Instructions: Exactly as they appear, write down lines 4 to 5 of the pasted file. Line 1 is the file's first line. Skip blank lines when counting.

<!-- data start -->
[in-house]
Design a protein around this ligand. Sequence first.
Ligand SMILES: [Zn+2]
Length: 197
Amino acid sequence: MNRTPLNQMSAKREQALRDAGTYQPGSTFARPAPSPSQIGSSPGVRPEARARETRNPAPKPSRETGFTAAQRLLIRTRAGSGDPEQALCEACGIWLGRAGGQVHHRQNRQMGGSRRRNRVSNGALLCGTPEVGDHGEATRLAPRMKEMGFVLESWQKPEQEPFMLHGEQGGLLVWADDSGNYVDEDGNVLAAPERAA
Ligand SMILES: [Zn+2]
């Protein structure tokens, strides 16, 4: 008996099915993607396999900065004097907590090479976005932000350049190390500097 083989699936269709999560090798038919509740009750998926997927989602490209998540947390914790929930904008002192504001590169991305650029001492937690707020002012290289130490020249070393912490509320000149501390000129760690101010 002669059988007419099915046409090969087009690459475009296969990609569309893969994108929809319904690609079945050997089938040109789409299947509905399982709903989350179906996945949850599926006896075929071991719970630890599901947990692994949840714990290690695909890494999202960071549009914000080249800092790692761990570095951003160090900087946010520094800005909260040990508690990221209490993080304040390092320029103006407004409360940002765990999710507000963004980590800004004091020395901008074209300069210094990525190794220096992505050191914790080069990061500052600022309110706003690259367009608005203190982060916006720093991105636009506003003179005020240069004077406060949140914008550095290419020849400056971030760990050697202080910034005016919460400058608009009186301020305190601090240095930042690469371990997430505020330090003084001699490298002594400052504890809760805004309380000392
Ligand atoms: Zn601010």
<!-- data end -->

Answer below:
Length: 197
Amino acid sequence: MNRTPLNQMSAKREQALRDAGTYQPGSTFARPAPSPSQIGSSPGVRPEARARETRNPAPKPSRETGFTAAQRLLIRTRAGSGDPEQALCEACGIWLGRAGGQVHHRQNRQMGGSRRRNRVSNGALLCGTPEVGDHGEATRLAPRMKEMGFVLESWQKPEQEPFMLHGEQGGLLVWADDSGNYVDEDGNVLAAPERAA